Sunday, April 07, 2013

Turkey's Unfree Press

I'd known the media was under pressure in Turkey, but I had not realized how bad things have gotten:
Fearful of antagonising Turkey’s autocratic prime minister, Recep Tayyip Erdogan, media bosses (who have diverse business interests) have begun a cull. Many recall the $2.5 billion fine slapped on the Dogan Group, Turkey’s biggest media conglomerate, in 2009. Its owner, Aydin Dogan, was forced to shrink his empire and dump some critics of Mr Erdogan before the pressure eased.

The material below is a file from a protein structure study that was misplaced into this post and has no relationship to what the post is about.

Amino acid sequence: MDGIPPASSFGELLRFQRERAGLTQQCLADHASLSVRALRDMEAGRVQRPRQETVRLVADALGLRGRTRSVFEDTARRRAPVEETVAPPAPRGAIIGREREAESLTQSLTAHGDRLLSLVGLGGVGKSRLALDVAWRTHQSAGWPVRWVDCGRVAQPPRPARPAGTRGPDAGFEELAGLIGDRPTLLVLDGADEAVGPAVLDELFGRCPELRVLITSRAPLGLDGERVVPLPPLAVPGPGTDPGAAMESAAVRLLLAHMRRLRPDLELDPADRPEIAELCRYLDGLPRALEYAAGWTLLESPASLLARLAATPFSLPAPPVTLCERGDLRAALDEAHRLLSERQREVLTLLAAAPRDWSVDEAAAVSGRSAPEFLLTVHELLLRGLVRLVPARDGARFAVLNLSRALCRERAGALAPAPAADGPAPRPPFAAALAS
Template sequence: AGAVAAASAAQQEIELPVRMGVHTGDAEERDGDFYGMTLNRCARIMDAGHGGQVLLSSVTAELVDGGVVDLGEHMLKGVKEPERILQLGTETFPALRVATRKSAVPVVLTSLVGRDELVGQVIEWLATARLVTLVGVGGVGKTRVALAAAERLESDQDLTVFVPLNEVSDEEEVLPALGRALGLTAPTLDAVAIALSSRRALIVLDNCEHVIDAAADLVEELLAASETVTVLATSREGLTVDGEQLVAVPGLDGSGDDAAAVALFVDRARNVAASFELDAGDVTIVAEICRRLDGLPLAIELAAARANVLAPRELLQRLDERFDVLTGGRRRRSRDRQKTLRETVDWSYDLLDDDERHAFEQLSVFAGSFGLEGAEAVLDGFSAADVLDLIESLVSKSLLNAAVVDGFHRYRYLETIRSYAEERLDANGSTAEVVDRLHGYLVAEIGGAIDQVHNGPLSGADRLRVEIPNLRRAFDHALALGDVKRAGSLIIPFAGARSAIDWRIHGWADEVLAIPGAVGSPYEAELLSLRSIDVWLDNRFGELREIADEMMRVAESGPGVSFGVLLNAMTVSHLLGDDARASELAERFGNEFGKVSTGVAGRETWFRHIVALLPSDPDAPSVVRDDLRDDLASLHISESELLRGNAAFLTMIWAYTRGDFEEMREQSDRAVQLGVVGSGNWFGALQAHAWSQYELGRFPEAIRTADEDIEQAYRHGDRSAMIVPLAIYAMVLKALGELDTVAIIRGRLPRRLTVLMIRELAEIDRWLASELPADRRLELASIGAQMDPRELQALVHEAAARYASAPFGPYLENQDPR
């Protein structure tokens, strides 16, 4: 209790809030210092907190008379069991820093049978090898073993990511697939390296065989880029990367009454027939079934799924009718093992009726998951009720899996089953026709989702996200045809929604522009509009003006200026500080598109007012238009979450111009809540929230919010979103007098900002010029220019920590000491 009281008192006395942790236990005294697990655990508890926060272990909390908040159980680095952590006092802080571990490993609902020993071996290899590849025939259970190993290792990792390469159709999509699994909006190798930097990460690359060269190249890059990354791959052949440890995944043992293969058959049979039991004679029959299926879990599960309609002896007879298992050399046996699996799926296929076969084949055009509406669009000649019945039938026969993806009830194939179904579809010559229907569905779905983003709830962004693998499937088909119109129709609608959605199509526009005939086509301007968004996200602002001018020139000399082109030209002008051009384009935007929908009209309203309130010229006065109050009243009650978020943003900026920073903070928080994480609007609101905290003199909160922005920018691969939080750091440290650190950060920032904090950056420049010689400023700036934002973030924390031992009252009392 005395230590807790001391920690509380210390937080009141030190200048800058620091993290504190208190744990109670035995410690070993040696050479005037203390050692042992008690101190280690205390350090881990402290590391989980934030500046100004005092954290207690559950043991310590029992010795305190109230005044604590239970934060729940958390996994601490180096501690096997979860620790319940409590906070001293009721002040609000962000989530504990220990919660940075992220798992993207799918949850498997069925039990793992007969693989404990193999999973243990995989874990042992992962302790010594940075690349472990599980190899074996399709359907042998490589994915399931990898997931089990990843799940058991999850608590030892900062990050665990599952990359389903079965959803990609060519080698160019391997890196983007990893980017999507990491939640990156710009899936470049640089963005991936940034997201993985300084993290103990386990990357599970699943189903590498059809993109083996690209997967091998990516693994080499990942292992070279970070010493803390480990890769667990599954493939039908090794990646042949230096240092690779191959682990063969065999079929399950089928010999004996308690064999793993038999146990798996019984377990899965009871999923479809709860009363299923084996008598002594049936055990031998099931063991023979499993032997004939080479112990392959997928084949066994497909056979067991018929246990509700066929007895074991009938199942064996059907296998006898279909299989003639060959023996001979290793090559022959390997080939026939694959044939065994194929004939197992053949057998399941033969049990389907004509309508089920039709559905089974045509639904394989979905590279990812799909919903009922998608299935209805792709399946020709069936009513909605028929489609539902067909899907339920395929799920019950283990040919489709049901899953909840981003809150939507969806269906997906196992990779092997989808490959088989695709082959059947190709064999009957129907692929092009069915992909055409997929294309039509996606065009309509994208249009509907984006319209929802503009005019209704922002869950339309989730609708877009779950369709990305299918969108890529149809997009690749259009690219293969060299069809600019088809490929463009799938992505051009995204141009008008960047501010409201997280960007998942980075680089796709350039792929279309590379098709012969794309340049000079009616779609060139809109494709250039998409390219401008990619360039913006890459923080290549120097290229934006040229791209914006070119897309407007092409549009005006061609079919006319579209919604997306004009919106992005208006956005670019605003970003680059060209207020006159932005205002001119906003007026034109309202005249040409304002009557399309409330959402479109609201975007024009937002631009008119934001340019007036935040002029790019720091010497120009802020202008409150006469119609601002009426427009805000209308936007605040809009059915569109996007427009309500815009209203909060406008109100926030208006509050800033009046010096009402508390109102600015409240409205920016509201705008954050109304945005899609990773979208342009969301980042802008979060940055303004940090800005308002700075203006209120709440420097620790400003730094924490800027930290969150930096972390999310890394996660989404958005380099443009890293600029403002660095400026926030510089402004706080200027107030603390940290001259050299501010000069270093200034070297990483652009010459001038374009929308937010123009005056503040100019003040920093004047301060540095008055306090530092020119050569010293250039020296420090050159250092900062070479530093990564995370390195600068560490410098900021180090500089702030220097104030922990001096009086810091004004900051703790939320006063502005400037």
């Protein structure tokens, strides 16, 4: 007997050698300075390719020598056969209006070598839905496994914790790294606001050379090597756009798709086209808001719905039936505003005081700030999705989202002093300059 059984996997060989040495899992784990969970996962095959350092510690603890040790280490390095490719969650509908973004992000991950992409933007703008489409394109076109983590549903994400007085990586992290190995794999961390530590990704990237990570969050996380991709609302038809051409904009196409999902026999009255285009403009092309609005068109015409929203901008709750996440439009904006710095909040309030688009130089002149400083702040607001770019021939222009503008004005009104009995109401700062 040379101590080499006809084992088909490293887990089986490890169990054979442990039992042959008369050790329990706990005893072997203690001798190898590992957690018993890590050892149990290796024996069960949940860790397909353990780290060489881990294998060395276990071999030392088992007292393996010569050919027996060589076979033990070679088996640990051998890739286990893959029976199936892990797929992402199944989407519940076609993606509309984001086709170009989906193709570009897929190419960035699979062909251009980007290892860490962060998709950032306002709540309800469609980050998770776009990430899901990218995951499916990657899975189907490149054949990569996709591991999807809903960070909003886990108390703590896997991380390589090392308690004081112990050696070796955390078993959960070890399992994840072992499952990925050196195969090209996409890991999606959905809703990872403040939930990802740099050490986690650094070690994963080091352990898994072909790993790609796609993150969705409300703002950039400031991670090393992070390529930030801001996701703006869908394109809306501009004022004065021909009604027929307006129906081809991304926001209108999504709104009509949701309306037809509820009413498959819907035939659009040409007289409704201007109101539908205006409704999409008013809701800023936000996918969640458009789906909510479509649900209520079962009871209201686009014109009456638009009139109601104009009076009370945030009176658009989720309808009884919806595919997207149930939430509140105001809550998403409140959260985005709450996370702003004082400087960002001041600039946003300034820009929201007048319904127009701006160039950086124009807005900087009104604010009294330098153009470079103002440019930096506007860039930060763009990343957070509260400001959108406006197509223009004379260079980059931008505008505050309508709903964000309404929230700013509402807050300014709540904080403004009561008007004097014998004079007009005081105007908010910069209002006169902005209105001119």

By some counts scores of journalists have been sacked (soon after she started this story, your correspondent was dropped as a columnist by a local paper). Yet Ercan Ipekci, president of the Turkish Journalists Union, calls the sacked hacks “the luckier ones”. Turkey is now the world’s leading jailer of journalists. Estimates vary, but at least 49 are behind bars. The World Press Freedom Index 2013, recently published by Reporters Without Borders, a Paris-based lobby group, ranked Turkey 154th among 179 countries, behind such places as Mali and Afghanistan.



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